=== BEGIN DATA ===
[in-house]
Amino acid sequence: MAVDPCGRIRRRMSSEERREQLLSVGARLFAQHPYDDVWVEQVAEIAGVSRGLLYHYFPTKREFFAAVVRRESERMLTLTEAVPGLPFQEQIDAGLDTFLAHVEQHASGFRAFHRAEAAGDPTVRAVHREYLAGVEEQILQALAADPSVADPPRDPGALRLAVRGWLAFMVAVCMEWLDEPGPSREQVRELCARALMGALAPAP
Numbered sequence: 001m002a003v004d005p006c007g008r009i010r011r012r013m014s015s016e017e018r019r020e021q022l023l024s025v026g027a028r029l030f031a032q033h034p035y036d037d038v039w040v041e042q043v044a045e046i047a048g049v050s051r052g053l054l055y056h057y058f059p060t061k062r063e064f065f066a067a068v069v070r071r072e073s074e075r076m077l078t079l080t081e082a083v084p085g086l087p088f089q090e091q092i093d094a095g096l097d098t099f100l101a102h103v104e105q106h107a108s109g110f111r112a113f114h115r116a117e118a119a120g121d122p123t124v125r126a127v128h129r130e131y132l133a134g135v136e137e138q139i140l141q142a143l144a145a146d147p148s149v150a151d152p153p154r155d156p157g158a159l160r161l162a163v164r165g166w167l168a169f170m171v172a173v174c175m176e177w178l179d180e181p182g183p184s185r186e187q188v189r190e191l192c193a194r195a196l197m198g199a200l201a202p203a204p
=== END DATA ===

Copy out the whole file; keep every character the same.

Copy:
[in-house]
Amino acid sequence: MAVDPCGRIRRRMSSEERREQLLSVGARLFAQHPYDDVWVEQVAEIAGVSRGLLYHYFPTKREFFAAVVRRESERMLTLTEAVPGLPFQEQIDAGLDTFLAHVEQHASGFRAFHRAEAAGDPTVRAVHREYLAGVEEQILQALAADPSVADPPRDPGALRLAVRGWLAFMVAVCMEWLDEPGPSREQVRELCARALMGALAPAP
Numbered sequence: 001m002a003v004d005p006c007g008r009i010r011r012r013m014s015s016e017e018r019r020e021q022l023l024s025v026g027a028r029l030f031a032q033h034p035y036d037d038v039w040v041e042q043v044a045e046i047a048g049v050s051r052g053l054l055y056h057y058f059p060t061k062r063e064f065f066a067a068v069v070r071r072e073s074e075r076m077l078t079l080t081e082a083v084p085g086l087p088f089q090e091q092i093d094a095g096l097d098t099f100l101a102h103v104e105q106h107a108s109g110f111r112a113f114h115r116a117e118a119a120g121d122p123t124v125r126a127v128h129r130e131y132l133a134g135v136e137e138q139i140l141q142a143l144a145a146d147p148s149v150a151d152p153p154r155d156p157g158a159l160r161l162a163v164r165g166w167l168a169f170m171v172a173v174c175m176e177w178l179d180e181p182g183p184s185r186e187q188v189r190e191l192c193a194r195a196l197m198g199a200l201a202p203a204p